When modifying an important table in the database, user frequently backup the table by making a copy of the original table with a different name. Using a stored procedure makes this process simple and convenient to reuse.
Data can be priceless. One of the ways to best protect is to duplicate the table. Let us walk through an example.
The syntax for a basic table copy command would be the following:
Select * Into original_tablename_backup From original_tablename;
In our example, we will have a table named emp in our database. We wish to make a copy of the original emp table. This query will create an emp_backup table. It will raise an error if the emp_backup table already exists.
Select * into emp_backup from emp;
As we need to perform these type of queries many times, we can use a stored procedure to make a copy of table. A stored procedure is nothing more than saved SQL that can be called repeatedly to perform similar functions.
CREATE proc BACKUP_TB @tbname AS varchar(MAX) AS BEGIN SET nocount ON; DECLARE @query AS varchar(MAX) SET @query = 'select * into '[email protected]+'_backup from '[email protected]+''; EXEC (@query) SET nocount OFF; END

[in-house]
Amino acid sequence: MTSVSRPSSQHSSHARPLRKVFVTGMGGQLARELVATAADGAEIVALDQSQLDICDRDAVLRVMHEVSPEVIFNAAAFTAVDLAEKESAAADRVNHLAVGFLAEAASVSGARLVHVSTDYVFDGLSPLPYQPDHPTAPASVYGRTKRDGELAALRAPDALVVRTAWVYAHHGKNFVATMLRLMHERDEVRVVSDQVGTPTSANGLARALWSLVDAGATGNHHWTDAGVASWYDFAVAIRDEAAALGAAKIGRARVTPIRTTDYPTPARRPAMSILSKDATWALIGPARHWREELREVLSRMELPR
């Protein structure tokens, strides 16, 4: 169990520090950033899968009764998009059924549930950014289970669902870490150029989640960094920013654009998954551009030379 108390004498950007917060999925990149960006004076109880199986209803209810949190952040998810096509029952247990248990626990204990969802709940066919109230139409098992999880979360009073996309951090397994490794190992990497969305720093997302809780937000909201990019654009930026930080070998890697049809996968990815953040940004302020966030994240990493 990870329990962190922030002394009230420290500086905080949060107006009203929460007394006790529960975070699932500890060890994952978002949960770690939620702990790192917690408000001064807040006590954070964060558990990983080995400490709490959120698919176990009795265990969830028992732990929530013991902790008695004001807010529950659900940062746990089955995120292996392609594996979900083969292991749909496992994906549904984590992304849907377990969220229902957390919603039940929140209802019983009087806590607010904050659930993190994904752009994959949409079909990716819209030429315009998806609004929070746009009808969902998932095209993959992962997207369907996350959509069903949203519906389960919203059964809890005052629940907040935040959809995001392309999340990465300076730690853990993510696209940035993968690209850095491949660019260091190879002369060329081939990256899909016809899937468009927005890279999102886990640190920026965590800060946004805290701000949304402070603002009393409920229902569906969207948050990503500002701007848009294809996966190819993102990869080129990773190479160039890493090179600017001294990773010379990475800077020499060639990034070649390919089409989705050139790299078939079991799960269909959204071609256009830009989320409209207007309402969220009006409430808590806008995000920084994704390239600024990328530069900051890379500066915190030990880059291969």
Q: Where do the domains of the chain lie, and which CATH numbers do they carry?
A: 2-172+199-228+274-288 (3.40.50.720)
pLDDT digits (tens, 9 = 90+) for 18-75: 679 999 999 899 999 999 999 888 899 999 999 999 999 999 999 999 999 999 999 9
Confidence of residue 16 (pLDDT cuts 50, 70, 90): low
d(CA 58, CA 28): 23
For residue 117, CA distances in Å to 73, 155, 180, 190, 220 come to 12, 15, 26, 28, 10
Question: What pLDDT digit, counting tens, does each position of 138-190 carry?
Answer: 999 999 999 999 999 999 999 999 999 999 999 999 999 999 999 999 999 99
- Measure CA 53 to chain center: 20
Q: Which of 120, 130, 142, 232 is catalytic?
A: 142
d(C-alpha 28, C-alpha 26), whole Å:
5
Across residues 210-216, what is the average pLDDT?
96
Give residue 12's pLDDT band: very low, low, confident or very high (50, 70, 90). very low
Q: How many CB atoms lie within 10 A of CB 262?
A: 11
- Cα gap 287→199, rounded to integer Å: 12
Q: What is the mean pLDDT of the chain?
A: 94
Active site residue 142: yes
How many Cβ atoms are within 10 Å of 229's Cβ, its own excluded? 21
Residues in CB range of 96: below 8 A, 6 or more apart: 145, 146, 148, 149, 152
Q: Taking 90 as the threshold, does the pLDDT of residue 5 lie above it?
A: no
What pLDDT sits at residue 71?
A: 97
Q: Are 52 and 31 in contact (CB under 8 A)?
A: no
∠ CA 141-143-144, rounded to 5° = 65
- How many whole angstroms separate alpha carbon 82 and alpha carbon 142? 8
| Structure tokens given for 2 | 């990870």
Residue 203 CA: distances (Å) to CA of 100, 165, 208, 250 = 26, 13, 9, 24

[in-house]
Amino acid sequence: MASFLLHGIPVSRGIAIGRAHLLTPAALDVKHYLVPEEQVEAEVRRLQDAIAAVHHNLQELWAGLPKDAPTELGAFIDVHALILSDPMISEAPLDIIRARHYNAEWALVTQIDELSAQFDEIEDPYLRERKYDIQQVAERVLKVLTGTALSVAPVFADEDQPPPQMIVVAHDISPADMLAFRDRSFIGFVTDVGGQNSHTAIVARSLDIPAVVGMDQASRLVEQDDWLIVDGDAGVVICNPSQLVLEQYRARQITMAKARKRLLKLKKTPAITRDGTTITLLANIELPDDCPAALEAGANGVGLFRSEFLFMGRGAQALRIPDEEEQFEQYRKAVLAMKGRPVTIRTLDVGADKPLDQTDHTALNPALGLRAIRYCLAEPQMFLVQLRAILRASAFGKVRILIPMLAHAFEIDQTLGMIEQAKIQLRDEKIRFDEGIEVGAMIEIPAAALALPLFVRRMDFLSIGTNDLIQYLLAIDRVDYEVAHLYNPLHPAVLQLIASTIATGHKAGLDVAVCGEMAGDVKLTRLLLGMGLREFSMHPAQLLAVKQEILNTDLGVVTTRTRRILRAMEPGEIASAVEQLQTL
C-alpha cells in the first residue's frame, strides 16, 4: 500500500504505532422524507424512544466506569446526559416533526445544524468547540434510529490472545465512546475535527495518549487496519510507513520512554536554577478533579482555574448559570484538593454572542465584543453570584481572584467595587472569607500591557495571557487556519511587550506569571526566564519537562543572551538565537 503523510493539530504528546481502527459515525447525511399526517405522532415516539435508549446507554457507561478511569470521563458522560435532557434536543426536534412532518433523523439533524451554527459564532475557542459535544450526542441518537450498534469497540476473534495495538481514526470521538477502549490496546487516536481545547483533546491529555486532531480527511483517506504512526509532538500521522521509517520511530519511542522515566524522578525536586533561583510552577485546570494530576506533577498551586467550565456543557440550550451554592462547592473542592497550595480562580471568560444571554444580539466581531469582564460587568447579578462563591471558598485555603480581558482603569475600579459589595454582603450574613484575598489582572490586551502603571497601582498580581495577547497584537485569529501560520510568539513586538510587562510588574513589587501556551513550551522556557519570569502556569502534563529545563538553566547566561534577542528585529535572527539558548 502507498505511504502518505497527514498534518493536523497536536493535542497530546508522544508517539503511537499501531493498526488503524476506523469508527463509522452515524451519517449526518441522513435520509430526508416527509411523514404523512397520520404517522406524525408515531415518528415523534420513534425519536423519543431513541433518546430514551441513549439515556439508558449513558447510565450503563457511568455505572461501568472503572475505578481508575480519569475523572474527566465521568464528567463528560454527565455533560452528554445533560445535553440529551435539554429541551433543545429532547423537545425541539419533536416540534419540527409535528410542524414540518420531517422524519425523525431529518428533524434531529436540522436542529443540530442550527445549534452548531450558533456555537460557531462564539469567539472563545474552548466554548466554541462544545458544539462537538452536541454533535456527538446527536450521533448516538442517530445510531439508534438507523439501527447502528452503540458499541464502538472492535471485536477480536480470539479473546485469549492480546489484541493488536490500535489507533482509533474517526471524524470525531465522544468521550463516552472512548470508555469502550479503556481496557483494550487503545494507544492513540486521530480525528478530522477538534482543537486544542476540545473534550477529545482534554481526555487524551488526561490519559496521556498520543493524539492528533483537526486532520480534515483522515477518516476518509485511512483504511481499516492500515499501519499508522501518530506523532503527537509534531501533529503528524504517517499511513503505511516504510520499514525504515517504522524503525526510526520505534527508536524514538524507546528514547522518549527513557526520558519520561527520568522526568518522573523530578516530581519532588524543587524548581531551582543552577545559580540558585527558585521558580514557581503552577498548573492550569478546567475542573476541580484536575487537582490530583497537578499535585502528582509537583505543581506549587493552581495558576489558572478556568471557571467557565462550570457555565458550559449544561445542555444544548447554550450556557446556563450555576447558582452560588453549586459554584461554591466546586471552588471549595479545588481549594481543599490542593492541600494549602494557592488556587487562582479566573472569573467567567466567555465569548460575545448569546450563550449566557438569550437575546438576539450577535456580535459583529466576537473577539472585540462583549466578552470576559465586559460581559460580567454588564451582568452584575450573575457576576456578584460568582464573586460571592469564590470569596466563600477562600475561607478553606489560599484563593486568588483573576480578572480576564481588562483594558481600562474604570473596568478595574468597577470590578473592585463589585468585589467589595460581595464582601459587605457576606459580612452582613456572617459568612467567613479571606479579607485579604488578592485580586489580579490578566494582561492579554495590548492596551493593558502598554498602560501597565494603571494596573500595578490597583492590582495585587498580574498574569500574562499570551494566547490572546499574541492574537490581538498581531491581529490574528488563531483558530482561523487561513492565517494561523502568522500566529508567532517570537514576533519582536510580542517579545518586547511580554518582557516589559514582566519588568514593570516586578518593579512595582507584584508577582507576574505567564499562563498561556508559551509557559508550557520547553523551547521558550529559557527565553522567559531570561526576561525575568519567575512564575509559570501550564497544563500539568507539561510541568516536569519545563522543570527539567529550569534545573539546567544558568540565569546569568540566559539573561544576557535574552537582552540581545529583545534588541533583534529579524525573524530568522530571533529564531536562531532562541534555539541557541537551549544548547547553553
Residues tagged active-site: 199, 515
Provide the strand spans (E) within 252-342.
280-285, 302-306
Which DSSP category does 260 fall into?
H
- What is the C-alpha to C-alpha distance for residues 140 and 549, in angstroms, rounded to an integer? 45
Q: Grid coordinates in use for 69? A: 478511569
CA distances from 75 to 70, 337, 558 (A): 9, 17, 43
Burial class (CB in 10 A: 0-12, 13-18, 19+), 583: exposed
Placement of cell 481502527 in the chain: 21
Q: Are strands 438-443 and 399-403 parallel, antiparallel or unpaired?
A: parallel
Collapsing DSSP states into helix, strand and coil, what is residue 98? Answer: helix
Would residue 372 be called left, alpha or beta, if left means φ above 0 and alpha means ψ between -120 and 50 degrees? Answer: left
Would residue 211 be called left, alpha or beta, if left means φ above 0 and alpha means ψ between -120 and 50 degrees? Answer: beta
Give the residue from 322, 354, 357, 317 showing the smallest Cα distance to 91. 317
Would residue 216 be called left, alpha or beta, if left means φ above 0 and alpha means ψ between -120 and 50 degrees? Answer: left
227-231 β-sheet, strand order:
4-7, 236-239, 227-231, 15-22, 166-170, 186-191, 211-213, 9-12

This stored procedure takes the original table name as a parameter and it will create original table name underscore backup table as a copy of original table.
Let’s see how to execute this ‘BACKUP_TB’ stored procedure with table name as parameter.
Suppose we have the dept table in our database, and we wish to make copy of dept table as name dept_backup.
EXEC BACKUP_TB DEPT;
We are executing our procedure ‘BACKUP_TB’ and passing the table name a parameter. Our stored procedure will create dept_backup table as a copy of original dept table.
If we have a different schema name in our database and we are making a copy of the table under AbcLtd schema, then we need to use brackets to parse the ‘.’ symbol as a parameter with our backup_tb procedure as the following:
EXEC BACKUP_TB [AbcLtd.salary];